NCGA

Tuesday Twitter roundup

Two-faced Tillis strikes again...

'It wasn't an insult, I was just showing how much I care!" Idiot.

Voting during a pandemic: Hearings begin today on lawsuit to ease restrictions

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The differences between a genuine threat (Coronavirus) and a perceived threat (voter fraud):

U.S. District Judge William Osteen scheduled three days of hearings starting Monday involving a lawsuit by two voting advocacy groups and several citizens who fear current rules threaten their health if they want to vote. There's already been a spike in mail-in absentee ballot applications, presumably by voters who prefer not to venture out to in-person voting centers and precincts.

The plaintiffs want Osteen to block several voting restrictions like how mail-in ballots are requested, who can help voters with forms and the hours early in-person voting centers operate. They also want drop boxes for completed absentee ballots and later registration deadlines.

I find it almost absurd that groups have to file their lawsuits against the NC Board of Elections, and not the Republican lawmakers who put these roadblocks in place. The NC BoE has tried to get many of these changes done by asking those Republicans, and have been mostly rebuffed. Granted, if the court rules to do x or y, Republicans will have to comply anyway. But it just seems wrong. But I won't be surprised of those Republicans file their own lawsuit against the Board of Elections over this necessary policy order:

NC private and charter schools rake in millions in COVID 19 relief loans

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I don't think that word "struggle" means what they think it does:

A year’s tuition at Asheville School is more than $60,000 for live-in students, $35,000 for day students. In the last fiscal quarter, the school’s endowment was $43 million.

Yet the school’s leader said COVID-19 tested Asheville School finances in unique ways, making the $1.7 million it collected in federal pandemic relief necessary.

It's a simple fact, the wealthy live in a different world than the rest of us. And their world is more important to the Trump administration and Congressional Republicans than our world is. And of course Art Pope's education puppet Terry Stoops tries to rationalize this unnecessary funding:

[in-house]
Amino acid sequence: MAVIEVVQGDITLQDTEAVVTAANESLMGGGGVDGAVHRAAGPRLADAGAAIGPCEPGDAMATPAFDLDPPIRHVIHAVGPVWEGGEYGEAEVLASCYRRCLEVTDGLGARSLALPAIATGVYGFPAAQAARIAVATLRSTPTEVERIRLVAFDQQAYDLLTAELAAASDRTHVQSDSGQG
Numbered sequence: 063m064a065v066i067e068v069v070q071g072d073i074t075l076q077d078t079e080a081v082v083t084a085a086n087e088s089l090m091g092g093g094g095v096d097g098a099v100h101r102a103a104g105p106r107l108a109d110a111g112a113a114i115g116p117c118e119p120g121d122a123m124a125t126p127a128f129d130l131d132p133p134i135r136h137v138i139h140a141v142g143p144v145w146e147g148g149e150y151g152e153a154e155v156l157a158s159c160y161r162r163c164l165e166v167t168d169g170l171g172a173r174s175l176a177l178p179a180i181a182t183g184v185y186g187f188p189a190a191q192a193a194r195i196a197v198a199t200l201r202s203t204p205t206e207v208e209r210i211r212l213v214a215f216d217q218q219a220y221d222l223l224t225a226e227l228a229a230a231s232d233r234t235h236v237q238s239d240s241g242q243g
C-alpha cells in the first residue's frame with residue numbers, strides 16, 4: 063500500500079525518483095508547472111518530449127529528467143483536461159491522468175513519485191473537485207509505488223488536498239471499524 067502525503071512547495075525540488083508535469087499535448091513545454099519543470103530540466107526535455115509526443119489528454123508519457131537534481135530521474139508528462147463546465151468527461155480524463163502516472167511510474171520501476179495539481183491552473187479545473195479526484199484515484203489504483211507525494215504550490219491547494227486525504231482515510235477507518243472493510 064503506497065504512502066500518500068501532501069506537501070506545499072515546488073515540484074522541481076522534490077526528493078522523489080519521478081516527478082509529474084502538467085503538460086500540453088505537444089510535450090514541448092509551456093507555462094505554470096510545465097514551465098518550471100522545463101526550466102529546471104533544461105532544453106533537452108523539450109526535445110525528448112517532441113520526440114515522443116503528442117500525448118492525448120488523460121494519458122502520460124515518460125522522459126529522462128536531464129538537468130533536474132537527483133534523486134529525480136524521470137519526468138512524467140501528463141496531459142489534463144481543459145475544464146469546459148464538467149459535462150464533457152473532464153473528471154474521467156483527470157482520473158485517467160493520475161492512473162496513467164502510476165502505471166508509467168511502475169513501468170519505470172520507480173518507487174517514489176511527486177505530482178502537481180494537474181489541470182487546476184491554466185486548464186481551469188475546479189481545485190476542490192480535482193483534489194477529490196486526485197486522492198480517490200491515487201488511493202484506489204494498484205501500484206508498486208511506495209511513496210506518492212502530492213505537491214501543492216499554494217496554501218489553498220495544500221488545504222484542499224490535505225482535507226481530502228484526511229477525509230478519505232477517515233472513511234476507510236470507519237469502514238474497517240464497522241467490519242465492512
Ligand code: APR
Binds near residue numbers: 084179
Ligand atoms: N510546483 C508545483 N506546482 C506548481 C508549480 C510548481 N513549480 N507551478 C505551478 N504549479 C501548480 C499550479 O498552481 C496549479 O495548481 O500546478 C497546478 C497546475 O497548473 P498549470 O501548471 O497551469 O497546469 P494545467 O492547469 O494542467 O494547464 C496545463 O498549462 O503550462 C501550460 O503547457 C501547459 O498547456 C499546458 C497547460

Tuesday Twitter roundup

COVID 19 infections align with other negative health outcomes suffered by minority families, thanks to a system that was designed to cater to the wealthy. Everything has a price tag, but not everybody can pay those prices.

Battle lines drawn between natural gas and renewable energy

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Coal is dead (or dying), but the fossil fuel industry is not:

For years, environmental activists and liberal policymakers fought to force utilities to reduce coal use to curb emissions and climate change. As the use of coal fades, the battle lines are rapidly shifting, with the proponents of a carbon-free grid facing off against those who champion natural gas, an abundant fuel that produces about half the greenhouse gas emissions that burning coal does.

Coal plants supply less than 20 percent of the country’s electricity, down from about half a decade ago. Over that same time, the share from natural gas has doubled to about 40 percent. Renewable energy has also more than doubled to about 20 percent, and nuclear plants have been relatively steady at around 20 percent.

I overheard a conversation recently about solar energy vs coal-fired power plants, and both of the people said they hoped solar energy would be become cheaper than gas or coal one day in the future. At which point I interrupted to explain that day was already here. "I haven't heard anything about that. Are you sure?" Yes, I am sure:

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